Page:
On the next night as we endeavoured our concord like we had done before, he barged in and grabbed her. I screamed as loud as I could and he muted me with a backhander. ‘She’s my daughter too!’, he shouted. And he shoved me back as I attempted to grab Patience and locked the door behind him. I screamed for my life and kicked and banged at the door but he was not bringing her back. I heard a door bang and Patience’s lament. This prompted me to squeal louder and louder but I soon learned that my screams would not draw pity from anyone. Surely the neighbours could hear and my parents could feel, but they would let it be.
All of them! For the sake of dense mores? What was so important in a man that made him so superior to his wife? Yes! Patience was his daughter too, but she was mine first. I was sharing her with him, but ultimately, she was mine. He could never understand the bond I have with her. He could never understand why her pain is my pain. There is nothing in the world like having a child, not making one, not delivering one … nothing!
This would happen over the next few weeks. I detest myself for letting it go on that long. Patience and I would be stuck in the house all day and when he came back, I had to serve his food and then he’d decide whether he would sleep with her or not. On some nights he called me in and ‘make love’ to me. If I rebelled in any way, there was hell to pay. I came to understand how my mother came to teach me to bow to a man’s orders for I myself had begun to tell my daughter to obey her father’s every move in order to avoid further abuse. I was always desperately trying to find as escape, but I surrendered by all means necessary. There was always a feeling in my heart but I let him think that I had surrendered.
During this period of time, my mother began to visit furiously and on some nights, stayed until Kgotso was so annoyed that he asked her to leave. I saw something growing in my mother. Perhaps she was remembering what she had given up when she was married, perhaps she was beginning to regret or perhaps she had always regretted. She spoke to me about being brave and I distinctly remember her saying that she wished our men were dead.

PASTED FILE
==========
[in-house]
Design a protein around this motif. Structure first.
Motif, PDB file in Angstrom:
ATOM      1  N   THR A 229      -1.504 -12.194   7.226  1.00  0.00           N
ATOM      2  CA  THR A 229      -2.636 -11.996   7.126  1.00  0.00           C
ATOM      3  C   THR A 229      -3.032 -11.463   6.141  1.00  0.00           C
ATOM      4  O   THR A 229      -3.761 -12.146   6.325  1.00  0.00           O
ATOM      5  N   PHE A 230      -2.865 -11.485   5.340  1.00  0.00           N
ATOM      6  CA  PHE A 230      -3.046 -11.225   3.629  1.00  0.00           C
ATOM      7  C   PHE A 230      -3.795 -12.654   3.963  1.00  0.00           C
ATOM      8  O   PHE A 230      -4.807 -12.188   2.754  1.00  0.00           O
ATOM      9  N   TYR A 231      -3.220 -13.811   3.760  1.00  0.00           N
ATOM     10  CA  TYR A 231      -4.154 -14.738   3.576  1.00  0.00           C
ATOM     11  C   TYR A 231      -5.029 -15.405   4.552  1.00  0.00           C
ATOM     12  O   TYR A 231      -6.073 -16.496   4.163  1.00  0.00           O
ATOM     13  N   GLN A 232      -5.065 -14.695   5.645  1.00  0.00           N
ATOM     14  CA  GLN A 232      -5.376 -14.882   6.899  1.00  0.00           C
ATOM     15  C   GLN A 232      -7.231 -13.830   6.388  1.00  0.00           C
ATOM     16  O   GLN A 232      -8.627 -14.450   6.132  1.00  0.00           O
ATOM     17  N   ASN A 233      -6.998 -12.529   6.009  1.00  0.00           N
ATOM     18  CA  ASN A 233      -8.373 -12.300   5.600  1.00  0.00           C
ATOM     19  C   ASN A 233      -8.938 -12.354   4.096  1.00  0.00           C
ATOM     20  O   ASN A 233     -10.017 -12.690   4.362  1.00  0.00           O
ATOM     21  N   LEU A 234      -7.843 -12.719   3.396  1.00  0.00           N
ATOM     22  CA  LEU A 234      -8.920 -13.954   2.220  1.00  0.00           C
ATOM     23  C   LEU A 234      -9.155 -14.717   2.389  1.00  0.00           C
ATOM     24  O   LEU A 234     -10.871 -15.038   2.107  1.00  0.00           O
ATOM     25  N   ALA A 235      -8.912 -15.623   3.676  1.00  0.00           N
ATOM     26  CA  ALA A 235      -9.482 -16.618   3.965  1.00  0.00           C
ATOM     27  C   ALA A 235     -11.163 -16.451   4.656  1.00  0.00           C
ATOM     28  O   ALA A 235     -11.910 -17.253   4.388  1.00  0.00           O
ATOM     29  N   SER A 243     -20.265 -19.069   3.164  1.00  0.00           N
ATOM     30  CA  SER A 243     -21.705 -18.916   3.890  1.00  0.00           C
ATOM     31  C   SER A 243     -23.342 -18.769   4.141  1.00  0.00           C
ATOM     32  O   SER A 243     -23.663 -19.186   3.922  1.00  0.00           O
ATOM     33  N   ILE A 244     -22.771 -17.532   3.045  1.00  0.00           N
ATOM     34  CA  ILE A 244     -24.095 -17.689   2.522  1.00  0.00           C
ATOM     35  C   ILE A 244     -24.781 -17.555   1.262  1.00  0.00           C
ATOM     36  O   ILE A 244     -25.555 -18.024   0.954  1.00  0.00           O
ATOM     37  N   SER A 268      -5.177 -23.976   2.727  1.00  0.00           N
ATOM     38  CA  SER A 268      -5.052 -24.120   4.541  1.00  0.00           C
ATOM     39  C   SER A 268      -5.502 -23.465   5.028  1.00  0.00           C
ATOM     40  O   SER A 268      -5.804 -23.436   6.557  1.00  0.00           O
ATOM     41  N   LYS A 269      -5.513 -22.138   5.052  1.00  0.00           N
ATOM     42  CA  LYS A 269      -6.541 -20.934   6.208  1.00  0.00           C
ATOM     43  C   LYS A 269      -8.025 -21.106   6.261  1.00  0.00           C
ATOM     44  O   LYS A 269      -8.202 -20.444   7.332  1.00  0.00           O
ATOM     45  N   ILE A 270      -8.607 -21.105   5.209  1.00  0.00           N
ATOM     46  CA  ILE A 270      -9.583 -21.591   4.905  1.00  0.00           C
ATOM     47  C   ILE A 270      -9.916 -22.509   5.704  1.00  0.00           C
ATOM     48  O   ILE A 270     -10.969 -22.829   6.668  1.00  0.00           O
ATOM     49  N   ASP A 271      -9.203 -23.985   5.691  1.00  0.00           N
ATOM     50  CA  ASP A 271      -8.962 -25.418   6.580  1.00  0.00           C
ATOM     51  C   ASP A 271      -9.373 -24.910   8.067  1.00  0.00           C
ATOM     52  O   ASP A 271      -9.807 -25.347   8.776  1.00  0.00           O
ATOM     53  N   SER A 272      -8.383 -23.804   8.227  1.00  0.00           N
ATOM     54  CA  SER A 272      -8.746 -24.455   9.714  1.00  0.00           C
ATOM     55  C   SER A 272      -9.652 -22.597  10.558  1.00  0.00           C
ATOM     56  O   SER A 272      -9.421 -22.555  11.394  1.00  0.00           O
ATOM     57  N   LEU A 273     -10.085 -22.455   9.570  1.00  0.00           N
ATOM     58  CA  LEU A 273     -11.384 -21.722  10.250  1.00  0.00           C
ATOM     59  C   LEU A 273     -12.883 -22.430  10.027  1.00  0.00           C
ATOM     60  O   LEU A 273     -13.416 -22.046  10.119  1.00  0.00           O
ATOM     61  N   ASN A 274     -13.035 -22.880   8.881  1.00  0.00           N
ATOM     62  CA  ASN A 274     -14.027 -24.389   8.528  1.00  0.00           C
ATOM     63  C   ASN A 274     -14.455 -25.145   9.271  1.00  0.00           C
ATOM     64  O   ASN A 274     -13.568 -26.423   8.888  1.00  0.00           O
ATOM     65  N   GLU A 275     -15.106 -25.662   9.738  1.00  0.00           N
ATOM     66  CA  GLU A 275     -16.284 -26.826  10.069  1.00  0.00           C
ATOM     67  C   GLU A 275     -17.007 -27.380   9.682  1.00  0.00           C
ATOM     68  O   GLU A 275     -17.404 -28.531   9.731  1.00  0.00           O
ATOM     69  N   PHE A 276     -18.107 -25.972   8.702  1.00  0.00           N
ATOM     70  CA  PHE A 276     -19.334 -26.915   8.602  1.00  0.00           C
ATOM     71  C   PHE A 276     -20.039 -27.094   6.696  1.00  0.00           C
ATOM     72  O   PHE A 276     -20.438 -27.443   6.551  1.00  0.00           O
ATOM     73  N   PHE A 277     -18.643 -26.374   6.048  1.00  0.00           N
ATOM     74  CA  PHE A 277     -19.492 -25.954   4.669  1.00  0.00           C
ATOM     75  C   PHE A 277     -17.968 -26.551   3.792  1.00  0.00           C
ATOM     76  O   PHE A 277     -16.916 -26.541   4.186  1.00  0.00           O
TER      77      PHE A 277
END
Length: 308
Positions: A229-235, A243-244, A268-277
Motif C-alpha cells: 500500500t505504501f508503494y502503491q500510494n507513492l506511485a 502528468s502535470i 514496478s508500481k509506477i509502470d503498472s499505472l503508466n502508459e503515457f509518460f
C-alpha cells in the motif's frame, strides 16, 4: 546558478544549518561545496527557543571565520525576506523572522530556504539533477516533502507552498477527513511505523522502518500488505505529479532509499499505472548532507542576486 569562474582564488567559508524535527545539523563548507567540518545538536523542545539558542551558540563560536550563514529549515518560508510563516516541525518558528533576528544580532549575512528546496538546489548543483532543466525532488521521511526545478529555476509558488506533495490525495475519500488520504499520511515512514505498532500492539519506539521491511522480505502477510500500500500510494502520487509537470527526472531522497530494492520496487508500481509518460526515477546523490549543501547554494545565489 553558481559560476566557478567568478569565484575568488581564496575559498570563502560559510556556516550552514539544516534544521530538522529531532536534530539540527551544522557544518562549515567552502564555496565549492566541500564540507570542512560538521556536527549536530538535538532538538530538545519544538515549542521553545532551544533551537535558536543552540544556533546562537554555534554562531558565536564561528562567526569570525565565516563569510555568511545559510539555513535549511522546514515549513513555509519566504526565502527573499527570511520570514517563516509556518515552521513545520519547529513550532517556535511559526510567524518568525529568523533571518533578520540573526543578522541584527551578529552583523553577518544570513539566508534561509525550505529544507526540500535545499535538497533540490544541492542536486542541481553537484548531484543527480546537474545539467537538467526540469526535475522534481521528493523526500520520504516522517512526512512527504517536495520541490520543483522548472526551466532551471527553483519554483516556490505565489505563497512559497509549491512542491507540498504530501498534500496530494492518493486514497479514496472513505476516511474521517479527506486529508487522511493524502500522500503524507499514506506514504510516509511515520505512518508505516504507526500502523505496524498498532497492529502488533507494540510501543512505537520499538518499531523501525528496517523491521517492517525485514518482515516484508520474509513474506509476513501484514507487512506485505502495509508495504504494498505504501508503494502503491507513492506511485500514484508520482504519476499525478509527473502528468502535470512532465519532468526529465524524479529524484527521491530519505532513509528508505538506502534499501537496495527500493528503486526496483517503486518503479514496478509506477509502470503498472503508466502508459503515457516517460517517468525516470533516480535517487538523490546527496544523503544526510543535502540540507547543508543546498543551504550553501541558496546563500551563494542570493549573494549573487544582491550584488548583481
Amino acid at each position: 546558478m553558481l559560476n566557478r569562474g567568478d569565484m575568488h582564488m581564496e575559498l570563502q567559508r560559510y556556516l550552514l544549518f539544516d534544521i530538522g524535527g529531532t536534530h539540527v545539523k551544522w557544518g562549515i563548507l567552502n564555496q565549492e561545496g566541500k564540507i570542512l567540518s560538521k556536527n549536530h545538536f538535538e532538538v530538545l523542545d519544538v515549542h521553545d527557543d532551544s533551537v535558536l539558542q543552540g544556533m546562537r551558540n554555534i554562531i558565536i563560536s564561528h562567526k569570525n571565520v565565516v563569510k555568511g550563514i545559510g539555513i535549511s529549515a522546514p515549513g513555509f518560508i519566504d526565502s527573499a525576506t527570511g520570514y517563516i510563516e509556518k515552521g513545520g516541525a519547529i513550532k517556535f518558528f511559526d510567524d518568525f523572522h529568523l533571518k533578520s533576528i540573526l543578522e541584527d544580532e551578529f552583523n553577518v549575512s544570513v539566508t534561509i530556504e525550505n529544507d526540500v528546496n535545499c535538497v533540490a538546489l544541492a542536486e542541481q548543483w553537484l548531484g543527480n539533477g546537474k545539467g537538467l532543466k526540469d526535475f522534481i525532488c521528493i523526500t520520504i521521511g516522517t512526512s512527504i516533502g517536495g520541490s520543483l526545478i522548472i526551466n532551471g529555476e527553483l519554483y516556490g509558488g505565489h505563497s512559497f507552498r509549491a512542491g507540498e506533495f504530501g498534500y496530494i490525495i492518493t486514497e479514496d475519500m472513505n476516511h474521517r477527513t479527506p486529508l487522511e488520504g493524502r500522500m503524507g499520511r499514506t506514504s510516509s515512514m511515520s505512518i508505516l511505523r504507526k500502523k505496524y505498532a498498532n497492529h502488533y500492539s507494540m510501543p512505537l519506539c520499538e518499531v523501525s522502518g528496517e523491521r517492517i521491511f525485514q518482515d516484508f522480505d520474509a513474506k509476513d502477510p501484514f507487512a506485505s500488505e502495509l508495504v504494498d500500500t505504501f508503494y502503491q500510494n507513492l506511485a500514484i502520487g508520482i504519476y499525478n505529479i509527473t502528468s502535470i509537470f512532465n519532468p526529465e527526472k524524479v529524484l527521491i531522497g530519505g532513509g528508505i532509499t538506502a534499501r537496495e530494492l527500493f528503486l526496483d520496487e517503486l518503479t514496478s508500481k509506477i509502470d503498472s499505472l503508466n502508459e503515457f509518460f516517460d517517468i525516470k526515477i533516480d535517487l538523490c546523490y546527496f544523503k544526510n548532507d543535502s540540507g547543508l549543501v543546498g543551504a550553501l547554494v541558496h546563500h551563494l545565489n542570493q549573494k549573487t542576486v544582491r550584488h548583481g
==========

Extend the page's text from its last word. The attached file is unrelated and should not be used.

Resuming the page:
This is when I began to wish for Kgotso’s death. I pondered on how I would do it, how I would escape. These things harassed my mind day and night and my newly oriented mother only encouraged my sentiments. Sometimes I was frightened by her merciless thoughts because of their uncanny likeness to my own.
I waited for weeks and finally, I had come to a resolve. I always thought I’d be patient with my fate no matter how things turned out. They say patience is a virtue, I was slowly learning that these men have no virtue. We are a cold-breed. If I had dared to have more patience with Kgotso, what would it be for? What would I have been waiting for? If there is an answer to that question, my reply is that Patience is worth more. I had established that my mother was on my side, but she was all I had to help protect my daughter against an army of men.
The pain I felt when I looked into my daughter’s eyes that I had promised to protect was insufferable. I had lost my daughter to the fiend that I had married. He was an illegitimate monster and it wouldn’t do any of us any good to allow him to live. The only form of escape I had was murder. I hadn’t enough money to try and leave Soweto, so I decided that I’d rather take both Patience’s parents away from her than leave her to suffer this man.
This was not a rash decision. I thought it over, so many times. While I was locked in my daughter’s room as he fucked her or while he fucked me. I knew I could do it. I was sure of it. I knew it from that look he got when he came in me. That hopeless pathetic look of a man gagging from pleasure. He slept with an open door, he never took care. Fucked one of us, rolled over and fell asleep. He had a lucid target marked right on his dick. I had never wanted to marry him in the first place but I had tolerated him. No more! I was fed up. I was going to kill him.
It was a dull Saturday afternoon and Kgotso was in front of the television screen with his favourite team Kaiser Chiefs losing, so he was a grouchy man. Patience was in her room. This was my chance, but I had to get myself a makeshift alibi. So I asked an inattentive husband if I could go to the phone booth to call my parents. He agreed coldly and told me to buy him a bottle of liquor while I was at it. I did call home hoping to get my mom to say I was there all along, but my mom wasn’t there and I had a fat chance of getting my dad to lie for me for any purpose. I wondered where my mother was but I wasn’t about to let a missing alibi stop me from doing what I had to. I could already smell life without him. I would miraculously get away with it. I would be a widow, people would forget about me and I could take Patience and go wherever life took us. I had fashioned it all in my mind.